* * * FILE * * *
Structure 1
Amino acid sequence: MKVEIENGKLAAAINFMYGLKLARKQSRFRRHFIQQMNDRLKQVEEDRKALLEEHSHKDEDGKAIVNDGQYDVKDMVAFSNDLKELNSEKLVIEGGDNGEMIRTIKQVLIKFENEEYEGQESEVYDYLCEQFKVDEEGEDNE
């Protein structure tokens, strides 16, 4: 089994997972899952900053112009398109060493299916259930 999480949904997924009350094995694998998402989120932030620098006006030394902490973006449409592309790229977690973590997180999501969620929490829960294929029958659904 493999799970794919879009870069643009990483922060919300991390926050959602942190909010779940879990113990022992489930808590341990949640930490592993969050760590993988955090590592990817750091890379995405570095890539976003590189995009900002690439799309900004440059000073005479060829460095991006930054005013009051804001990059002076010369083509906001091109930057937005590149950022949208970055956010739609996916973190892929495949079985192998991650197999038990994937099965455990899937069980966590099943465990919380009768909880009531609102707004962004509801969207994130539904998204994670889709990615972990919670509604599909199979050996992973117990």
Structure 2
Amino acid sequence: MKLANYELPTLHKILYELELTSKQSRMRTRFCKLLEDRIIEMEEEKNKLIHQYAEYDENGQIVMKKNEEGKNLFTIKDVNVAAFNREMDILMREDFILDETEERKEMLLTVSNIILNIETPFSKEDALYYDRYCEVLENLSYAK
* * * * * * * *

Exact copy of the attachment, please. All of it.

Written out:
Structure 1
Amino acid sequence: MKVEIENGKLAAAINFMYGLKLARKQSRFRRHFIQQMNDRLKQVEEDRKALLEEHSHKDEDGKAIVNDGQYDVKDMVAFSNDLKELNSEKLVIEGGDNGEMIRTIKQVLIKFENEEYEGQESEVYDYLCEQFKVDEEGEDNE
């Protein structure tokens, strides 16, 4: 089994997972899952900053112009398109060493299916259930 999480949904997924009350094995694998998402989120932030620098006006030394902490973006449409592309790229977690973590997180999501969620929490829960294929029958659904 493999799970794919879009870069643009990483922060919300991390926050959602942190909010779940879990113990022992489930808590341990949640930490592993969050760590993988955090590592990817750091890379995405570095890539976003590189995009900002690439799309900004440059000073005479060829460095991006930054005013009051804001990059002076010369083509906001091109930057937005590149950022949208970055956010739609996916973190892929495949079985192998991650197999038990994937099965455990899937069980966590099943465990919380009768909880009531609102707004962004509801969207994130539904998204994670889709990615972990919670509604599909199979050996992973117990």
Structure 2
Amino acid sequence: MKLANYELPTLHKILYELELTSKQSRMRTRFCKLLEDRIIEMEEEKNKLIHQYAEYDENGQIVMKKNEEGKNLFTIKDVNVAAFNREMDILMREDFILDETEERKEMLLTVSNIILNIETPFSKEDALYYDRYCEVLENLSYAK